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The poet Carlos Pellicer writes about a pair of Diego Rivera’s important works: the mural in the Auditorium at the Escuela Nacional Preparatoria, and the frescoes in the courtyard at the Palacio de Educación Pública. Rather than describe the murals, Pellicer discusses the story they tell, explaining how Rivera depicts the country’s social classes and identifies those who have played a major role in its history in order to give the viewer a sense of national identity. In this article, Pellicer expresses his great admiration for Rivera and suggests that the murals provide a good overall picture of the history of Mexico.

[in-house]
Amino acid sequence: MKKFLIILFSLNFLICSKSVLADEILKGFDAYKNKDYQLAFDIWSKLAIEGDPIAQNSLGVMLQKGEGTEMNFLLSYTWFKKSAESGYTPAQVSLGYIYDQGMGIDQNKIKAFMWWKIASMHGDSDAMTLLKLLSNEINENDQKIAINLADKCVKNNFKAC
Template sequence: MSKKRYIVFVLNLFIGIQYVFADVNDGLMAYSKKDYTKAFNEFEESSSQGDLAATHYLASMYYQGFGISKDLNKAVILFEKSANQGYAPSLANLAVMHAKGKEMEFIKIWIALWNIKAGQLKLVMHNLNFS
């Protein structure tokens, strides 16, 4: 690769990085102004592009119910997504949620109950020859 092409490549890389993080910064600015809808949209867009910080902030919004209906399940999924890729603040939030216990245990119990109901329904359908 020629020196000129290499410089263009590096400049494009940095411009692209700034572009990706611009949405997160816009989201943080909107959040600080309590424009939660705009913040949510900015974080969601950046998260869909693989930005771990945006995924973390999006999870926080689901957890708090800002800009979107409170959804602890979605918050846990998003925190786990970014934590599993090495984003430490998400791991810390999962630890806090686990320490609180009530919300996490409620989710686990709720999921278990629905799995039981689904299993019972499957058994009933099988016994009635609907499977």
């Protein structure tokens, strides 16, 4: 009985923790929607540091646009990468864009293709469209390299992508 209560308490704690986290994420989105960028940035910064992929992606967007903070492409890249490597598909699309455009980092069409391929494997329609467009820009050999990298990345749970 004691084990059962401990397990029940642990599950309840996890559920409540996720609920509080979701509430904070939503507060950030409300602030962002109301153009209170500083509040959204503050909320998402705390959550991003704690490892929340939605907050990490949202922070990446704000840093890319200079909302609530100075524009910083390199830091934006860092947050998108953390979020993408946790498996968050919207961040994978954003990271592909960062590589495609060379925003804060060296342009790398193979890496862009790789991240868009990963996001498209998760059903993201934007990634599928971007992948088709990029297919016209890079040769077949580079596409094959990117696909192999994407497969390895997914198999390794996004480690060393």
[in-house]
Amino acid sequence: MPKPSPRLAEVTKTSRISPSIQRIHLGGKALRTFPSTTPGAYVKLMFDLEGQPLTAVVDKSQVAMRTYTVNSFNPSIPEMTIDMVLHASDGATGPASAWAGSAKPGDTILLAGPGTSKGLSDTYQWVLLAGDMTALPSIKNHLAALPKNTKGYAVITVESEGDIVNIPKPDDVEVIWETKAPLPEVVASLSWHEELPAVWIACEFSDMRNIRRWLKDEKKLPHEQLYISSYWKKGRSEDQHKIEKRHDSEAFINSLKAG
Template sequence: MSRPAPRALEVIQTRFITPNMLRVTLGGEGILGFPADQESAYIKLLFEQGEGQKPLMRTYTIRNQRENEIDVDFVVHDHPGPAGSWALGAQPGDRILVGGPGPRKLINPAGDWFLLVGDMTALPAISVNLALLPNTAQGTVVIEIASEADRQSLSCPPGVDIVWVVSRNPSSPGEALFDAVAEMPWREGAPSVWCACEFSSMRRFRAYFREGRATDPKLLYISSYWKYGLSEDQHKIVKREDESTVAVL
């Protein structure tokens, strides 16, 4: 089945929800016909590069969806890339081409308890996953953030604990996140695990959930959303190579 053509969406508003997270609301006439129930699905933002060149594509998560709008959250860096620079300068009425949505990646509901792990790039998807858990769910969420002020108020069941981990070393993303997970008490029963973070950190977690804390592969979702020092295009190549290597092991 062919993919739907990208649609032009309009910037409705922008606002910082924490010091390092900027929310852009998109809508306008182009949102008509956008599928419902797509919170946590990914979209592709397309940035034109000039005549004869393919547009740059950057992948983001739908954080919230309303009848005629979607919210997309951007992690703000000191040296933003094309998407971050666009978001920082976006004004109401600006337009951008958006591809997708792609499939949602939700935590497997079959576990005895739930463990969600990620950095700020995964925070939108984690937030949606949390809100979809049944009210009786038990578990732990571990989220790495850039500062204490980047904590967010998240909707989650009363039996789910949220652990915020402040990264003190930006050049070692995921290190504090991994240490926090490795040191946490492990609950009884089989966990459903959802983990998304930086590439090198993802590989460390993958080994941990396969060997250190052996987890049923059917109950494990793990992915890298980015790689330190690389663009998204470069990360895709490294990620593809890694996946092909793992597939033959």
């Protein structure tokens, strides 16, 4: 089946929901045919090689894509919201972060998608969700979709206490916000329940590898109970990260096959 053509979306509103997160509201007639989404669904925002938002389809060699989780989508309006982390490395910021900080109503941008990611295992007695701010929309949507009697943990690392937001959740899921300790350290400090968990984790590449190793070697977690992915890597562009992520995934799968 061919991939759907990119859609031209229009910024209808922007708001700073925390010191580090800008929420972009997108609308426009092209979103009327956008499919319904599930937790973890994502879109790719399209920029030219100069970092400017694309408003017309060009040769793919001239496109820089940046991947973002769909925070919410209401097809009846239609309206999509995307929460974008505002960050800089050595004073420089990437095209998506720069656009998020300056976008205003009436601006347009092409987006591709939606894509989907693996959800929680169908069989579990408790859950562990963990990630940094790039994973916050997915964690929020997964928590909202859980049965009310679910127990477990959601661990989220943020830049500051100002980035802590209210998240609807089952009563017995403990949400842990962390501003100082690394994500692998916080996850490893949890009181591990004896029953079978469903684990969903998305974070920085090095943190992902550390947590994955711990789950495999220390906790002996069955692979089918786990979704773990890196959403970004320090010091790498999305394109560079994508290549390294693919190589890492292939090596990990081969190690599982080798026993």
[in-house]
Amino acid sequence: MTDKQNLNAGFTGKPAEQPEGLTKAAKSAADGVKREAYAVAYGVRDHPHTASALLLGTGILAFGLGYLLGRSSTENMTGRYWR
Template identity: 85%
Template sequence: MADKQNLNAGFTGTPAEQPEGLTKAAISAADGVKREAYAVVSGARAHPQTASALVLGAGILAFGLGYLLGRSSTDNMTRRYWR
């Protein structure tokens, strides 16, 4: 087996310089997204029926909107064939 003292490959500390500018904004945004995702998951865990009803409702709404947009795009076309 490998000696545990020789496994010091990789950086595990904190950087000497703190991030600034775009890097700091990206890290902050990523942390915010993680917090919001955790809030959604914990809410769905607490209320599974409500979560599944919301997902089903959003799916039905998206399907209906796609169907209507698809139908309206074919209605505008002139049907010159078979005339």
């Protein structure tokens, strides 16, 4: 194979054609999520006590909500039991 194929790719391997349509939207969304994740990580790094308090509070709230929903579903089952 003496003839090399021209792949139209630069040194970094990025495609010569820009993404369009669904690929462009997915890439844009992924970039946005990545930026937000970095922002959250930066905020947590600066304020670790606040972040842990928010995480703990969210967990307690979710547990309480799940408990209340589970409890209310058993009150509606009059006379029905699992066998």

Carlos Pellicer (1897-1977), the poet and cultural commentator, provides this reading based on his knowledge and experience. It is important to note that the article refers to a tendency of “Mexicanization” in art that grew out of a new vision of history that ignored the colonial period and encouraged an original interpretation of the evolution of the country. This is what Pellicer perceives in these murals by Diego Rivera (1886-1957). The article is illustrated with the mural paintings that Pellicer describes. A couple of them, El Telar [The Loom] and El Capataz [The Foreman] have descriptive texts. 

María Fernanda Arochi : CURARE A. C.
CURARE, Espacio crítico para las artes, Mexico City, Mexico
Courtesy of the Estate of Carlos Pellicer, Mexico City, Mexico
Instituto de Investigaciones Bibliográficas : Biblioteca Nacional/Hemeroteca Nacional